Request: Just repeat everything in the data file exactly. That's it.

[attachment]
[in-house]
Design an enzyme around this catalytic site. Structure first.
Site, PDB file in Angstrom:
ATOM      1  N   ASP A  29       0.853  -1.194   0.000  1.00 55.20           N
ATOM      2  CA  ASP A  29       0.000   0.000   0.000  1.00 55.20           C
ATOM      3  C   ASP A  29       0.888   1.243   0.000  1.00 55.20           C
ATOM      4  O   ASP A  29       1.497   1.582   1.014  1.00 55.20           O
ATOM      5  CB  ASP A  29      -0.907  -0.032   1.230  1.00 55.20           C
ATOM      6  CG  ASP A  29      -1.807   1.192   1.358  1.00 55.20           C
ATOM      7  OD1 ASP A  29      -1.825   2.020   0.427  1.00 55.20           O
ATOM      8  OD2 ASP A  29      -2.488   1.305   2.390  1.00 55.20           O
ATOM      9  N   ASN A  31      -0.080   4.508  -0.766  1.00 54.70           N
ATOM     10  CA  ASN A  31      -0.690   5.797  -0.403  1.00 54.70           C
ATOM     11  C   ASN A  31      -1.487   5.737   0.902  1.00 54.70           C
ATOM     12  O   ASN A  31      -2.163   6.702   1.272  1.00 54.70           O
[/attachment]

[in-house]
Design an enzyme around this catalytic site. Structure first.
Site, PDB file in Angstrom:
ATOM      1  N   ASP A  29       0.853  -1.194   0.000  1.00 55.20           N
ATOM      2  CA  ASP A  29       0.000   0.000   0.000  1.00 55.20           C
ATOM      3  C   ASP A  29       0.888   1.243   0.000  1.00 55.20           C
ATOM      4  O   ASP A  29       1.497   1.582   1.014  1.00 55.20           O
ATOM      5  CB  ASP A  29      -0.907  -0.032   1.230  1.00 55.20           C
ATOM      6  CG  ASP A  29      -1.807   1.192   1.358  1.00 55.20           C
ATOM      7  OD1 ASP A  29      -1.825   2.020   0.427  1.00 55.20           O
ATOM      8  OD2 ASP A  29      -2.488   1.305   2.390  1.00 55.20           O
ATOM      9  N   ASN A  31      -0.080   4.508  -0.766  1.00 54.70           N
ATOM     10  CA  ASN A  31      -0.690   5.797  -0.403  1.00 54.70           C
ATOM     11  C   ASN A  31      -1.487   5.737   0.902  1.00 54.70           C
ATOM     12  O   ASN A  31      -2.163   6.702   1.272  1.00 54.70           O